Sunday, October 15, 2006

Pigeon Control

This Sunday's New York Times Magazine has an article on approaches to controlling feral rock pigeons and the bitter battles they generate. The article is interesting because it highlights some of the conflicting impulses that inspire and frustrate attempts at animal control, especially when it comes to birds. As we all know, feral pigeons disgust many humans by leaving large amounts of excrement on buildings, sidewalks, and cars, and by sustaining large populations. So cities and towns spend large sums to clean the fouled surfaces and invent new ways of keeping the pigeons away. Unfortunately for the towns, pigeons are not easily suppressed. Spikes and grease simply make the pigeons move from one spot to another, and many people oppose lethal control. At the same time, breeding populations of pigeons are sustained by people who feed large numbers of pigeons with bread crumbs and seed.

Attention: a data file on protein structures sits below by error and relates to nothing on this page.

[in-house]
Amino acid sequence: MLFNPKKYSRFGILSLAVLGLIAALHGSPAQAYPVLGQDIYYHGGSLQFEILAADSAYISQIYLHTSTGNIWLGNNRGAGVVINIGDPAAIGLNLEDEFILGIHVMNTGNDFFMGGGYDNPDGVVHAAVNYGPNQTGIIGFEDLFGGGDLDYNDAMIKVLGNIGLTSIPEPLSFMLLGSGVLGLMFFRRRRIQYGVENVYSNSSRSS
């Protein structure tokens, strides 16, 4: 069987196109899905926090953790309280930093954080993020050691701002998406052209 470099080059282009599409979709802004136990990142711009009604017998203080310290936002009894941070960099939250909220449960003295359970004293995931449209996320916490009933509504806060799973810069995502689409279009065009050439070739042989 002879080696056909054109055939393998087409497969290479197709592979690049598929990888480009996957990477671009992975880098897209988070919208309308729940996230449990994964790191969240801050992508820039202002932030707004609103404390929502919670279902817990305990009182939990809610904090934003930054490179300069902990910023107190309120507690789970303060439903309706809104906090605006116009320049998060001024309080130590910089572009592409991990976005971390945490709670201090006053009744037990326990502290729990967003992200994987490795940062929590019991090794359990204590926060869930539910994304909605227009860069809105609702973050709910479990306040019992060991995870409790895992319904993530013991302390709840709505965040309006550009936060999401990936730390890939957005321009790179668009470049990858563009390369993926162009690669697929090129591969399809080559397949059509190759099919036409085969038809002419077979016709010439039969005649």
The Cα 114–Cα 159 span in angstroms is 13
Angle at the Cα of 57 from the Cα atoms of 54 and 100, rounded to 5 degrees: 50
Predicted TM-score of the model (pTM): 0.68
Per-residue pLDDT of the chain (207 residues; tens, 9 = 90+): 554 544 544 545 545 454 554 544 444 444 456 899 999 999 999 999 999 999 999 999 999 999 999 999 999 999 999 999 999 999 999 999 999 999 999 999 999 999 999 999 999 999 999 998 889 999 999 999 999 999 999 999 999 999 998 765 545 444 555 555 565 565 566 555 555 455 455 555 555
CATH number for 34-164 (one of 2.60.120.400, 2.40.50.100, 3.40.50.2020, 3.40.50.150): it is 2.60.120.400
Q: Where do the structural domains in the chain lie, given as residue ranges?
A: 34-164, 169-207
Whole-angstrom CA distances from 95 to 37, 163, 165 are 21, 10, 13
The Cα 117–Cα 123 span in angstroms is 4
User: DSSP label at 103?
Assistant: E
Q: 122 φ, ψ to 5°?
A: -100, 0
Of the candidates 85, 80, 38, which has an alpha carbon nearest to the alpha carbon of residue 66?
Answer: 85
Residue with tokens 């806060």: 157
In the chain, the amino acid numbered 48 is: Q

One group called PiCAS has proposed using dovecotes to lure pigeons to specific locations in city parks and then persuading feeders to feed birds only at those locations. Meanwhile, the eggs of the pigeons would be replaced with dummy eggs to prevent the population from growing. The claim is that such a program resulted in the halving of the pigeon population in Basel, Switzerland. As a result, this group has been trying to inspire similar dovecote programs in American and British cities. The program is advertised as a humane way to reduce the pigeon population.

As it turns out, the project PiCAS cites as evidence relied heavily on a form of psychological pressure. (Even the cited paper makes this clear.) Basel initiated a widespread campaign to make feeding pigeons socially unacceptable. Individual citizens harrassed feeders as they went about their routines, so that many pigeon feeders stopped feeding completely. In the end, the reduced availability of food is what reduced the pigeon population - not the egg control or the dovecotes.